Mr. Oliver reviewed a list of points that the Caucuses are interested in sharing directly with Lewis &and Clark Commissions:

1. Congress Can't Fund Everything. Congress was expecting about $40 million in budget requests for L&C projects and $320 million in requests were received. He said this year the total requested might approach $500 million. The Ohio River states are becoming interested and want to come on board as members, which will create more competition for funding. Mr. Oliver encouraged the state Commission and communities to look for alternative sources of funding and partnerships. He explained that Congress desires a concise format when submitting projects. However, much more detail is required for the appropriations process, such as architectural drawings, business plans and feasibility studies. He said things have to be well planned and detailed at this stage. Congress is very interested in the sustainability of projects, i.e. how they will be funded in the future, as they are not interested in funding the ongoing operational costs of bricks and mortar projects.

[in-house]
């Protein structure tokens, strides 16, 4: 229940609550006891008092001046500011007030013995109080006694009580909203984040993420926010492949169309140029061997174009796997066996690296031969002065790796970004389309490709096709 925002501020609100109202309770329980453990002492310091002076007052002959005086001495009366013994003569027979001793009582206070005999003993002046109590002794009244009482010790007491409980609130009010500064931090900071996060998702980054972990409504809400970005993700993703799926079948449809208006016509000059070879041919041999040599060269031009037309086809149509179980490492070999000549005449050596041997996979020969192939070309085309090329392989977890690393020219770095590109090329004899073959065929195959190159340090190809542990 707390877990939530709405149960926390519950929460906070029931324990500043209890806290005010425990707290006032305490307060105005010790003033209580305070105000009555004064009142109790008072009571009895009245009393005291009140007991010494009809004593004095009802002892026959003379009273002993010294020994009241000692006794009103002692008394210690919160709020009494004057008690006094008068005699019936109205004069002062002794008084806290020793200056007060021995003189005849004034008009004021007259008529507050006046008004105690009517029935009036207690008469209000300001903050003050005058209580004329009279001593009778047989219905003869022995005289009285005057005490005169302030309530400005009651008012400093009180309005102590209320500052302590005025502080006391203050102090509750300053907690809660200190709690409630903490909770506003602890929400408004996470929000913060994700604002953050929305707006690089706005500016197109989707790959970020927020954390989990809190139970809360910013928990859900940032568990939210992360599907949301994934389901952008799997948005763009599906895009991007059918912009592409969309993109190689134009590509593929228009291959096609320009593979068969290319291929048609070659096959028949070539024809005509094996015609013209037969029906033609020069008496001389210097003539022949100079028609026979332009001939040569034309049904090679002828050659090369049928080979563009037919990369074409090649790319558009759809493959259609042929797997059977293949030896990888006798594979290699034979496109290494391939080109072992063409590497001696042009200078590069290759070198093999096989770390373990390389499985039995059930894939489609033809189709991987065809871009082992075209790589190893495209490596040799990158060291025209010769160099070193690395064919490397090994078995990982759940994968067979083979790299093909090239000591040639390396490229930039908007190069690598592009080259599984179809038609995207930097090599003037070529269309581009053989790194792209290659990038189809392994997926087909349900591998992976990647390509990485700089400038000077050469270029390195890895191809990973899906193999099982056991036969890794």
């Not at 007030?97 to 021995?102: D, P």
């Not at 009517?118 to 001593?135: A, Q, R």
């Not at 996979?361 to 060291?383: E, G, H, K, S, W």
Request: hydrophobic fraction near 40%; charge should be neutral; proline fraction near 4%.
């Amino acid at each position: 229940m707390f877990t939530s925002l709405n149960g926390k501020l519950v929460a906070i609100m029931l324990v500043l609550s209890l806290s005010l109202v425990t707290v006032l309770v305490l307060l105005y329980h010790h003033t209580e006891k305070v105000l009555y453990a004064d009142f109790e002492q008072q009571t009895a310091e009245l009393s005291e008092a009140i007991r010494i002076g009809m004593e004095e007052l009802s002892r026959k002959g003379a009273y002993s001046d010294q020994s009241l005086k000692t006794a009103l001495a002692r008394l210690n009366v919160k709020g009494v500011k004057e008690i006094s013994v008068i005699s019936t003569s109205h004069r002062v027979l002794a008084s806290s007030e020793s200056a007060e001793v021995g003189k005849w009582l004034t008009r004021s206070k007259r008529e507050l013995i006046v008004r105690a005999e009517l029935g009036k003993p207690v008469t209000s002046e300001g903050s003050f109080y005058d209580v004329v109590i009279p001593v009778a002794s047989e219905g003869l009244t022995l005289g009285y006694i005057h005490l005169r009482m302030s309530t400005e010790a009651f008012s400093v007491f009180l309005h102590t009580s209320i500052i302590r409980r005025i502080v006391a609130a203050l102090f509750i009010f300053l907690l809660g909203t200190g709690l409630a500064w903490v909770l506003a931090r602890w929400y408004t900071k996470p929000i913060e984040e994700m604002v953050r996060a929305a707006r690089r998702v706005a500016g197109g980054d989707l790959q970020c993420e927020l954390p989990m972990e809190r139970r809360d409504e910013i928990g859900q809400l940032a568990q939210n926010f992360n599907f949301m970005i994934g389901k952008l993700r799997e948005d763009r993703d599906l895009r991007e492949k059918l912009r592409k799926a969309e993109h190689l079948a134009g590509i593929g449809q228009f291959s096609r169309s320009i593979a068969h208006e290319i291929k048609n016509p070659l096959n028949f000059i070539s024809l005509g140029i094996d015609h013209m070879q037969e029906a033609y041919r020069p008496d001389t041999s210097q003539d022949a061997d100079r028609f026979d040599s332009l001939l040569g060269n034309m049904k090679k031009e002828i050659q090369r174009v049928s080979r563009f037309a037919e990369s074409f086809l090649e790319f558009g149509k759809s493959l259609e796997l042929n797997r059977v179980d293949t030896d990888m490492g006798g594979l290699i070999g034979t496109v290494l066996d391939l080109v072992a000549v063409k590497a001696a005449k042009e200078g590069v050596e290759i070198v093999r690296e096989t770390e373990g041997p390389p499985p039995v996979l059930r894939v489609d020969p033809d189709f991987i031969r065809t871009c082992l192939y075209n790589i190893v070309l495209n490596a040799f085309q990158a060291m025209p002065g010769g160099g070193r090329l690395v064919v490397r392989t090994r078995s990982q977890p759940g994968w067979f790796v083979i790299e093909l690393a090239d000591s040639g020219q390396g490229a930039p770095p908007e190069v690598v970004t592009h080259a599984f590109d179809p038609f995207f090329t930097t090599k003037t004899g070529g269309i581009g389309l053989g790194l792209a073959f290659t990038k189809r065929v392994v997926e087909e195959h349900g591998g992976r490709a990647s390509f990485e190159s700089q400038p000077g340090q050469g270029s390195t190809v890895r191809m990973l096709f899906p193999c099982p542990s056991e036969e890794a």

2. Every Dollar Must Flow Through a Federal Conduit. Mr. Oliver said no dollars come directly to any entity other than a federal agency. He said it is important to form partnerships early on and identify ways to get money through the federal system. He cited an example of a partnership with HUD, noting that land management agencies are not the only avenue. Mr. Oliver said the congressional staff is comprised of very young people, and the turnover rate is very high. He said once the appropriations process has begun, there is no time to research how to get money through the system. He suggested working with the local state delegation staffers and people on the contact list in D.C. prior to this time to examine and identify alternatives.